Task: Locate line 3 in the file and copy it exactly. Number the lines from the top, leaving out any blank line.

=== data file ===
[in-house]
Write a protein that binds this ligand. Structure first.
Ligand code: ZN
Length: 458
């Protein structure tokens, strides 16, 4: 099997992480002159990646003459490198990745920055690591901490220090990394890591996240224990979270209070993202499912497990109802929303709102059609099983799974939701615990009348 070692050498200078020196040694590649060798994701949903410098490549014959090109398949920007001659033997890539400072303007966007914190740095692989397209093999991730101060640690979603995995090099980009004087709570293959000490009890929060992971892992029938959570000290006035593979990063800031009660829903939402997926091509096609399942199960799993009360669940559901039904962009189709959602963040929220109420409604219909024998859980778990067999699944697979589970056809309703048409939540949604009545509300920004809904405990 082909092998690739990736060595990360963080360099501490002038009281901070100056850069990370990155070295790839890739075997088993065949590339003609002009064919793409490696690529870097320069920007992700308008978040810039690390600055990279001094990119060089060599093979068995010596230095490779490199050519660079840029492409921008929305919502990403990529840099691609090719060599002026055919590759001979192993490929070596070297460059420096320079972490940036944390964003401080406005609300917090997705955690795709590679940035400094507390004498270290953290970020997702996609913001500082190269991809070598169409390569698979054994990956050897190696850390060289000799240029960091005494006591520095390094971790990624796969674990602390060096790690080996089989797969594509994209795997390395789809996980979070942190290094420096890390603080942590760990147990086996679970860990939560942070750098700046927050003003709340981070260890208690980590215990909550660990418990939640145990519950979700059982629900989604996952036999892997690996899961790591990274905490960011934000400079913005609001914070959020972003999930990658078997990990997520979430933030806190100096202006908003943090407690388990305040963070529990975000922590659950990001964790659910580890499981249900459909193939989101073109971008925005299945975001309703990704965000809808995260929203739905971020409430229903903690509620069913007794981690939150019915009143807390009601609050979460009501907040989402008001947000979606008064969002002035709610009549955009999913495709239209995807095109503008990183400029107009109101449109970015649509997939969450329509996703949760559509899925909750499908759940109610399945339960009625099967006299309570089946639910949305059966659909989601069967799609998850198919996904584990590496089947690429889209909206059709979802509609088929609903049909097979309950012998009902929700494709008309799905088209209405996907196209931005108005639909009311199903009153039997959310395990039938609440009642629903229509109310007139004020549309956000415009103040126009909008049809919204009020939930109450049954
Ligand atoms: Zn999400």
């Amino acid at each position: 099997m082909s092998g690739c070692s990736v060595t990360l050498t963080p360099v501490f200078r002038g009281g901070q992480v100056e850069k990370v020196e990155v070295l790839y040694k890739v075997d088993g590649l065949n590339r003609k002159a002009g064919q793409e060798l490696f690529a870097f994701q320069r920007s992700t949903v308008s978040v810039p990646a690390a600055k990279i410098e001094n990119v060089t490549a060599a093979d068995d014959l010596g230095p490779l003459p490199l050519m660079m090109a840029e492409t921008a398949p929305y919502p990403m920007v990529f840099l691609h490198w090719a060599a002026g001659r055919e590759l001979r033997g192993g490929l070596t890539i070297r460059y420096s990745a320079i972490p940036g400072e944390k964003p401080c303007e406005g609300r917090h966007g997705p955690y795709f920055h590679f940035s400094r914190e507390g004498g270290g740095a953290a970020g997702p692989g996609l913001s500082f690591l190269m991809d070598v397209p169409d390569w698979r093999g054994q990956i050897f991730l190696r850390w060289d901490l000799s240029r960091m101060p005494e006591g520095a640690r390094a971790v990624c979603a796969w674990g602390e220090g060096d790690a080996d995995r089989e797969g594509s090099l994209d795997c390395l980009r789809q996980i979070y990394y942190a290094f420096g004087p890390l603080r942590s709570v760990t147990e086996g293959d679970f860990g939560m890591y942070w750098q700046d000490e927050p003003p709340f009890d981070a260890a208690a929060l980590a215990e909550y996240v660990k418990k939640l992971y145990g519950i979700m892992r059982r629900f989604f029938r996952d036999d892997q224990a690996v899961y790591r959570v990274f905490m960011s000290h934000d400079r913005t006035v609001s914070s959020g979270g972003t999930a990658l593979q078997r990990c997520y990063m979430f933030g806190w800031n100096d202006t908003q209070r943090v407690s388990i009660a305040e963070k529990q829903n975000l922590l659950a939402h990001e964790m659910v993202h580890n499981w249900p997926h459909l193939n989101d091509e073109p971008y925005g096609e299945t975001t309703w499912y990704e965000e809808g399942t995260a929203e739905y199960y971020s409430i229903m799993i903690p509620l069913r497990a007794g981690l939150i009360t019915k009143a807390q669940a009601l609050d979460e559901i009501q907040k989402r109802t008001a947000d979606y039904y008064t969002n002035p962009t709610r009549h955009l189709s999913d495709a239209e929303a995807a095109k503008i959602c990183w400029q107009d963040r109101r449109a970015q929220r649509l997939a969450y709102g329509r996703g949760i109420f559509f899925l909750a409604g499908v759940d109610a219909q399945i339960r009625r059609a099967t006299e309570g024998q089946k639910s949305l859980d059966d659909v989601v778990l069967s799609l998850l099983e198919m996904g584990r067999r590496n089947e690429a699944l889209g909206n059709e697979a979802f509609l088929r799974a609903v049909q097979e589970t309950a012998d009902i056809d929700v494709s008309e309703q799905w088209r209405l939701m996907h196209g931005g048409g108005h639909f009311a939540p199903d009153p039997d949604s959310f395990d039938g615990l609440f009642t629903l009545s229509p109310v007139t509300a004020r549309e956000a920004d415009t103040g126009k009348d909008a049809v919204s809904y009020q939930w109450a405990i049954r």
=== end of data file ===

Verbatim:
Ligand code: ZN